NOTE: This article contains personal opinions and beliefs.
I have been reading the comments in my earlier “Libraries without Librarians” article at https://blog.eogn.com/2019/06/10/libraries-without-librarians/ and I believe that many of those newsletter readers have ignored a couple of basic facts when posting comments. I am moved to remind everyone of the facts that I believe are relevant.
Several people have expressed reservations about homeless people, vagrants, and other unwanted individuals having access to the unmanned library and by possible criminal activities by these individuals. Indeed, on first reading, that also was my concern. However, let’s look at the facts.
As stated in the earlier article:
“Self-service libraries are common in Europe”
“In North America, it’s still a novelty. Just five library systems — eight libraries total — have implemented it since 2016.”
“Officials at Bibliotheca, the leading company in North America that sells the required software, counts more than 750 libraries globally as users.”
The fact is that more than 750 self-service libraries are already using this business model today and are doing so successfully.
These 750+ self-service libraries obviously are not plagued with homeless people, vagrants, or criminals roaming the halls and the book stacks. In fact, while I don’t have proof, I suspect today’s self-service libraries have FEWER problems with such individuals than do today’s fully-staffed libraries.
The reason is simple: While these self-service libraries may not have employees working in the building 24 hours a day, they also ARE NOT OPEN ACCESS libraries! In short, in self-service libraries the doors are locked. Homeless people, vagrants, and would-be criminals are locked out of the building! The method of controlling access is simple.
First of all, the earlier article states:
“The setup relies on technology — via a central management system — to let people enter the library, check out items and log onto computers — all while video monitors record their actions.”
Next, to unlock the front door of a self-service library, even for a few seconds, requires a library card. While not mentioned in the above article, that library card also serves as a “key card.” In order to unlock the door, one has to use swipe that card or insert it into a slot in the door. Then the identification number of that library/key card is verified by the “central management system.”
This is the same technology that has been in use in almost all hotels and also in many ATM machines for years and this controlled access has proven to be very reliable. I believe that hotels with key card access are generally safer than today’s public libraries where anyone can walk in unchallenged whenever the library is open.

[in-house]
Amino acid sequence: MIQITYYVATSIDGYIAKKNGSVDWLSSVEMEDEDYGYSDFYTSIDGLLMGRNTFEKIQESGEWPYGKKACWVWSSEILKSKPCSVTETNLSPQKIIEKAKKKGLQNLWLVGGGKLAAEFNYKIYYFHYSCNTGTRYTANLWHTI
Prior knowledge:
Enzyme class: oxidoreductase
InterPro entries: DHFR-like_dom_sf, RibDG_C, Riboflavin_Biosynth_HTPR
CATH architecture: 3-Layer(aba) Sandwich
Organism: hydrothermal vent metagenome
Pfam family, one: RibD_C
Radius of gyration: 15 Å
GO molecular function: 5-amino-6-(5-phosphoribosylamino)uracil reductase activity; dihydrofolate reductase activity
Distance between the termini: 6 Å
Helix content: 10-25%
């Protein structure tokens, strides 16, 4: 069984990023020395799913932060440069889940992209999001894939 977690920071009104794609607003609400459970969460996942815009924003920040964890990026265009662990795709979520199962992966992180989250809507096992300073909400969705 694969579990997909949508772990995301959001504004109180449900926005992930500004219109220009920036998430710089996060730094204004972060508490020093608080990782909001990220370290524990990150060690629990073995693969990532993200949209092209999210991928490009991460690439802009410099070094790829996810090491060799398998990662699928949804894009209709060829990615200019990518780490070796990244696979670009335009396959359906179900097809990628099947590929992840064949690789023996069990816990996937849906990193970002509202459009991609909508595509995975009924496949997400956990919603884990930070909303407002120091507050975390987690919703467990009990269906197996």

In order to obtain a library/key card, the self-service library patron must first fill out a registration form of some sort. We can assume that the process requires a permanent address of some sort (easily verified AUTOMATICALLY online within in a few seconds by computer-to-computer access to any of today’s credit reporting agencies) and perhaps by requiring the number of a credit card (in order to pay future fines in case of a late return of the borrowed materials) or by a scanned image of a driver’s license or by whatever form of proof the library decides upon using. The typical homeless person, vagrant, or criminal either will not have this information or else will not be willing to record this information in a computer database.
Next, every time a library/access card is used, the identification number of that card and the date/time of its use is recorded, along with a recorded videotape of person’s activities entering, leaving, or wandering through the library. If any homeless person, vagrant, or criminal is found to ever access the library fraudulently by using a stolen card or by providing falsified information during registration, that card’s privileges can be deleted within seconds by library personnel. The person who gains unauthorized access one time will then not have access again.
Don’t forget that “… to let people enter the library, check out items and log onto computers — all while video monitors record their actions.” That means that the person using a stolen or falsified library/access card can easily be identified and that library/access card’s access privileges can be removed immediately, if necessary.
In short, I believe use of technology in an “unmanned library” will result in FEWER problems than is found in today’s “open access libraries” where ANYONE may walk in at any time the library is open.
Will it be a perfect solution? No. Nothing is ever perfect. But I do believe it will result in FEWER problems than is found in today’s open access libraries. I will settle for an improvement, even if it isn’t perfect.
In order to increase my own security, I would PREFER to use a library where access to the building is controlled by the use of high-tech access methods with access restricted to only identified individuals.